Still, the nightly attack went on as planned. On the day before it happened, Moquihuixtli was reported to confide in his wife, Axayacatl’s sister, who begged him not to do it, but to speak to the Tenochtitlan ruler and try to make amends. According to Duran, the Tlatelolcan ruler was having second thought; however, his adviser Teconal would not divert from his chosen course of warring.

Further disheartening, according to Duran, were the omens that the Tlatelolco ruler encountered while strolling through his Palace, a man talking to a dog and being answered back, birds dancing in the boiling pot in the kitchen houses, a mask hanging on the wall beginning to “… moan in a sorrowful way…”, the mask that the distracted ruler was reported to pick and dash against the floor.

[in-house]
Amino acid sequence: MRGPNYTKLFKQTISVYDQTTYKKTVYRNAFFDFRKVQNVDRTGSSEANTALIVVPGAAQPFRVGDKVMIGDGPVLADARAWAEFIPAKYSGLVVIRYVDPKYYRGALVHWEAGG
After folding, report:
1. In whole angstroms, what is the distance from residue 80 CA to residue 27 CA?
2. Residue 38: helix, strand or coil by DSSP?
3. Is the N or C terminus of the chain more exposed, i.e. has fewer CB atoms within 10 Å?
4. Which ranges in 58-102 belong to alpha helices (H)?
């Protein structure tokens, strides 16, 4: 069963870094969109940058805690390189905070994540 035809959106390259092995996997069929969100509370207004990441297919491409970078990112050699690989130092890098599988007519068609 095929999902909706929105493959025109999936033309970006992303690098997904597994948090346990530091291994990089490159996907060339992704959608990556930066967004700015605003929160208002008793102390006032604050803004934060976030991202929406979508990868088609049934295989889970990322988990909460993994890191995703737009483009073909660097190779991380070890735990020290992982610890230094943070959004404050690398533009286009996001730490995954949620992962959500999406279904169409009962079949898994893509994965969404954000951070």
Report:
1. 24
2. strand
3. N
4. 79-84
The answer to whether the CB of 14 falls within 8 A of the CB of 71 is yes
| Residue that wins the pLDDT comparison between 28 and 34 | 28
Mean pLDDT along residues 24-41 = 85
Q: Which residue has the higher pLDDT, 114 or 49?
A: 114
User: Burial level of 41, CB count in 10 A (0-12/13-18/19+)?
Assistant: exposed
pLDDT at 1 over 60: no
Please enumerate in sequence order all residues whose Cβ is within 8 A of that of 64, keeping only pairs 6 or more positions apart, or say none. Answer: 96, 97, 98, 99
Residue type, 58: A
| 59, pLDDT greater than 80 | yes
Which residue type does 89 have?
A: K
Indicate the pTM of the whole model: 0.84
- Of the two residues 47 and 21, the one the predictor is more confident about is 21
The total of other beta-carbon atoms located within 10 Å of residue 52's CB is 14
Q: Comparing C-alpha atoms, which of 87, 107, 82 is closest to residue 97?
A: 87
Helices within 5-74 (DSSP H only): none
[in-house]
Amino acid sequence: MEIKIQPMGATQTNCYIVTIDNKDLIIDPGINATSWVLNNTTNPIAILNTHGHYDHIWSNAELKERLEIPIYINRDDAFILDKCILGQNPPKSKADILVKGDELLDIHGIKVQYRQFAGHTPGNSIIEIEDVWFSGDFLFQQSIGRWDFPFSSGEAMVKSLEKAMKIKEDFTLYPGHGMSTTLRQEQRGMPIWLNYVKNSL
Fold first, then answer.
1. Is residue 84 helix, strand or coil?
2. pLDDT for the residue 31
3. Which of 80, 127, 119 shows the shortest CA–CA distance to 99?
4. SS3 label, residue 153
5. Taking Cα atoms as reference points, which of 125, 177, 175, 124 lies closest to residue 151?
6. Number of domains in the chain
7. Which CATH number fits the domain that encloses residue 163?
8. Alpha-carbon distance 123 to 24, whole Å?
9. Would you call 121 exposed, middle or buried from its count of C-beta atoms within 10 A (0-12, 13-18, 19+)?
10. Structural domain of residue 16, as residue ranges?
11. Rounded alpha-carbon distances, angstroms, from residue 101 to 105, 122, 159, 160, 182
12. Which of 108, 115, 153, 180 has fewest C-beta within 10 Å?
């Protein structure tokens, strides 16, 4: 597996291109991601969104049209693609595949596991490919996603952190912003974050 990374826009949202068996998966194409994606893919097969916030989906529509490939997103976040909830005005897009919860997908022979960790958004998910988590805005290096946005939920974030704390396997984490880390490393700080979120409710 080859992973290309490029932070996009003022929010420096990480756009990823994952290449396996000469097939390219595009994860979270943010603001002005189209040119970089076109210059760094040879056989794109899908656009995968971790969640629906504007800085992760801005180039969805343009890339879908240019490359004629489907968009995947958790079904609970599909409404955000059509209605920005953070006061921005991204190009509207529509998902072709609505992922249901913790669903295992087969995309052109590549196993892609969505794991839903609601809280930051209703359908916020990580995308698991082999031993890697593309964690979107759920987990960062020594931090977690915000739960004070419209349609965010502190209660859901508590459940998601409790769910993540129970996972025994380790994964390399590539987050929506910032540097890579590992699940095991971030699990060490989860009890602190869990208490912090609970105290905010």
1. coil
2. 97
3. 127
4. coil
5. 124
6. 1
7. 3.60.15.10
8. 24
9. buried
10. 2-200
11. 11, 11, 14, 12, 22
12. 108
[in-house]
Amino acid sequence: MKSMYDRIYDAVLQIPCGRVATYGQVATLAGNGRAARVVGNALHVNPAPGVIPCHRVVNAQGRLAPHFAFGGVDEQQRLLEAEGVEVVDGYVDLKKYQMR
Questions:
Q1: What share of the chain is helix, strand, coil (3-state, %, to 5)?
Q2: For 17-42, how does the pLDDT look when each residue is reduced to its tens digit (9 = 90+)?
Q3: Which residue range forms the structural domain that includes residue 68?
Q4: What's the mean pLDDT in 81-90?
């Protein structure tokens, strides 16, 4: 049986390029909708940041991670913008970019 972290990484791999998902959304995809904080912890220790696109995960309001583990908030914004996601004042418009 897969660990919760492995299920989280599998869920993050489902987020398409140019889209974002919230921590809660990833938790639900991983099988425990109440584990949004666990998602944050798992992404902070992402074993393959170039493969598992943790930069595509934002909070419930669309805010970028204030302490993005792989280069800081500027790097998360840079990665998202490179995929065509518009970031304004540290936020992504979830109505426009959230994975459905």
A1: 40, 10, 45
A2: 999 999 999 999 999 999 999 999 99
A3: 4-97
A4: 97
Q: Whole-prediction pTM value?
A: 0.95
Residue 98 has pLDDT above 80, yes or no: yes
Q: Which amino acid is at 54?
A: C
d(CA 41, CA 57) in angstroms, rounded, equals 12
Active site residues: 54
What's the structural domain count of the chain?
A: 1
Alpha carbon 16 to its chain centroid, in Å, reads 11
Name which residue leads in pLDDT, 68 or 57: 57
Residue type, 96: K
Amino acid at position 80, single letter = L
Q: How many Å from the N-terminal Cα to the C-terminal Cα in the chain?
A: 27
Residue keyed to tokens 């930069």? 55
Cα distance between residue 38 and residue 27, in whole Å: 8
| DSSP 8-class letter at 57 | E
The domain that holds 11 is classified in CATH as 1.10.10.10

Spies sent to Tenochtitlan reported a lack of awareness on the part of Axayacatl, who was said to spend his day “…playing ball with his noblemen… ignorant of any trouble…”. Yet, according to Duran, “… the Aztecs had done this intentionally so as to mislead the Tlatelolcas and convince them that nothing was known of their plans…”.

Indeed convinced, Moquihuixtli put his trust in Teconal and his strategy, and so half of the Tlatelolcan warriors hid in “… the city limits of Tenochtitlan…”. The other half was sent to block the causeways that led out of the city, and probably to attack the accessible parts of the island-capital as well.

The strategy, Tenochtitlan heard all about from its own spies, and so at midnight, while signal had been given, a surprise awaited none other than the attacking Tlatelolcans. The battle Duran reports was bloody but short, with the Tlatelolcan warriors slaughtered in great numbers, forced to retreat to their own city limits and try to barricade any possible access to it as best as they could. According to Duran, their anger was as great as the humiliation of their defeat.